Just as the crown and scepter are part of the regalia reflecting the majesty of a monarch, the liturgical insignia serve as emblems of the authority and dignity of the clergy during the celebration of the Divine Liturgy, reflecting the majesty of God.
A pastoral staff is a long ornamental stick carried by a patriarch or a bishop. It is surmounted by a cross on a small orb between two inwardly curved serpents. This staff is symbolic of the victory of the Cross, as well as the pastoral care expected of a good shepherd. The serpents are an illustration of the words of Christ with reference to Moses’ brazen serpent, when He spoke of His imminent crucifixion, “And as Moses lifted up the serpent in the wilderness, so must the Son of Man be lifted up, that whoever believes in Him may have eternal life” (Jn. 3:14-15).
The pastoral staff is usually carried before a patriarch or a bishop during processions. It has a red silk sash hanging down from its upper curves.
A pectoral cross is worn by the clergy (as well as pious Christians, both men and women) as an insignia and distinguishing mark, giving the clergy spiritual power and protection.
The custom of wearing pectoral crosses seems to have been widespread during the early centuries of Christianity. Saint Macrina, sister of Saint GREGORY OF NYSSA (335-395), is said to have always worn a cross. Saint JOHN CHRYSOSTOM used to encourage every believer to carry a cross and take pride in so doing, as if wearing a crown.
A large cross mounted on a pole is carried by a deacon at the head of a procession during feasts, celebrations, and other special occasions. The crossbearer is followed by two other deacons, each carrying a fan, and then by the rest of the deacons, all holding banners.
Eusebius gave a description of a processional cross designed by Constantine the Great, on which were engraved the initial letters of the name Jesus Christ. It was carried at the head of the army when it went to battle.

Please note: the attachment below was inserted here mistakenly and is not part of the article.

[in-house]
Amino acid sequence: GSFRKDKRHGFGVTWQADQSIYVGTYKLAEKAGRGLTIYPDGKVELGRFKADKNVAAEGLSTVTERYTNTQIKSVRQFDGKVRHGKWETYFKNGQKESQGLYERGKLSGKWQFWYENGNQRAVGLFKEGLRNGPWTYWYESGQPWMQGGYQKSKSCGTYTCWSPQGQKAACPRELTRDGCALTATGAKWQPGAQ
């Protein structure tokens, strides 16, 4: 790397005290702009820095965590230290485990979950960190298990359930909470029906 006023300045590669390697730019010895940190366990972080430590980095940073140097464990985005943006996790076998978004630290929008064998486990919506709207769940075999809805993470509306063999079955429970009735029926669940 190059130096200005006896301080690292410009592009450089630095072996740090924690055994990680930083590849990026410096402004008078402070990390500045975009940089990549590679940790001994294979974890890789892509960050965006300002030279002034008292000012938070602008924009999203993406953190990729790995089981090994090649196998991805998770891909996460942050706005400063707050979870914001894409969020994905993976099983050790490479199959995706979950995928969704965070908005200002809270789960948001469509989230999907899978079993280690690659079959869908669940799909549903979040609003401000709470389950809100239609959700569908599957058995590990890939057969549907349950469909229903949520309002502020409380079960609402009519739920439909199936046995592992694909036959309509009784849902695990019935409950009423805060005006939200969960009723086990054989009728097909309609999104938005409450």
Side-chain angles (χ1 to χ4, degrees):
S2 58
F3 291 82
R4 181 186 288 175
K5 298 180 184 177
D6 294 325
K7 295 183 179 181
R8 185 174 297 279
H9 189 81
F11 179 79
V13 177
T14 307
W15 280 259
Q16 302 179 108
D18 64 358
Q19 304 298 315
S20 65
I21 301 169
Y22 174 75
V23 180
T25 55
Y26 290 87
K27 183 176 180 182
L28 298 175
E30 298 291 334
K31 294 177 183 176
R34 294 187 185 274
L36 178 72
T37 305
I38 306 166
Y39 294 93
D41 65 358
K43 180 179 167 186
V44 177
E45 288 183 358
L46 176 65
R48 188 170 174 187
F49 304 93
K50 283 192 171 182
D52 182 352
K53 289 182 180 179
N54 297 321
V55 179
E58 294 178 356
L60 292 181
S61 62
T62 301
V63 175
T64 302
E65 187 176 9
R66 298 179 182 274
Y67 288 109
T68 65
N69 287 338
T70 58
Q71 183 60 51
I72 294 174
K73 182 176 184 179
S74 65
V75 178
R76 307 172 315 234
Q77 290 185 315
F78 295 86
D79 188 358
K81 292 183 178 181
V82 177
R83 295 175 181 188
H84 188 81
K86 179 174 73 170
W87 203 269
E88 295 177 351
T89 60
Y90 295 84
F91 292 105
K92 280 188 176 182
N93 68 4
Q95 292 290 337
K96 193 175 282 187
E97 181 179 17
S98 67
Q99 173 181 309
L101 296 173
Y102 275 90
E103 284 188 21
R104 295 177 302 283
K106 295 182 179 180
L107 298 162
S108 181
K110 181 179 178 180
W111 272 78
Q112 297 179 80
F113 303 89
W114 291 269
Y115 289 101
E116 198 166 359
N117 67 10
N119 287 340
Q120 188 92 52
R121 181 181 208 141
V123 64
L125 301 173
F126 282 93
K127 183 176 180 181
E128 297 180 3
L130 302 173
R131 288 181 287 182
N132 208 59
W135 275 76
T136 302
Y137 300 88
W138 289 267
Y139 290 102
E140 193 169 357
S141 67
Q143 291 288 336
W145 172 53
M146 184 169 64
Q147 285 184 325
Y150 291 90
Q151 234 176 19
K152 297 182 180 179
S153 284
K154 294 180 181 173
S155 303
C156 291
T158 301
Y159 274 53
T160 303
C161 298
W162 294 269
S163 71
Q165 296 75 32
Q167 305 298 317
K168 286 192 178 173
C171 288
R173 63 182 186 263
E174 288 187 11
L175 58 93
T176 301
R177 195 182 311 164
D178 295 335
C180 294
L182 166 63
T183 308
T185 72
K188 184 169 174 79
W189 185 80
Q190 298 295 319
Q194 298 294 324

On one side of the processional cross there is usually the picture of the Crucified Christ, and on the other side, the Risen Christ.
Cross with Tapers
Allegorically, the cross with three lit tapers symbolizes the fact that Christ, who was crucified on the cross, is the light of the world and that He has called believers out of the darkness into His glorious light (1 Pt. 2:9).
It is used on several occasions. At the evening and morning services, following the creed, the officiating priest holds a cross with lit tapers at the entrance to the sanctuary (haykal) and says the prayer of God, have Mercy on Us. He silently makes the sign of the cross on the congregation three times and then turns to the east and prays, “O God, have mercy upon us, establish Thy mercy unto us, have compassion on us, hear us, bless us, keep us, help us, take away Thy anger from us. Visit us with Thy salvation and forgive us our sins.” To this, the congregation responds Kyrie eleison three times. At the morning service of the two Feasts of the Cross (17 Tut and 10 Baramhat), after the above-mentioned prayer, the clergy and deacons make a circuit round the church with the cross with tapers and then resume the service. At the morning service of Palm Sunday, again after the above-mentioned prayer, they make three circuits round the altar with the cross with tapers, singing the Kyrie eleison, and then stand at the entrance of the haykal and sing the hymn of eulog/menoc. Then they make a circuit round the church and resume the service.
The miter (see also LITURGICAL VESTMENTS) is a representation of the golden crown worn by each of the twenty-four elders seen ministering to God in heaven by Saint John the Divine (Rev. 4:4). It is also symbolic of the authority given by the Lord to His high priest (2 Cor. 10:8), by which a patriarch becomes the steward of the secrets of Christ (1 Cor. 4:4).
- Matta al-Miskin. Hayat al-Salah. Cairo, 1968.
- Matta’us, Bishop. Ruhaniyat Taqs al-Quddas fi al-Kanisah al- Qibtiyyah al-Urthudhuksiyyah, 2nd ed. Cairo, 1980.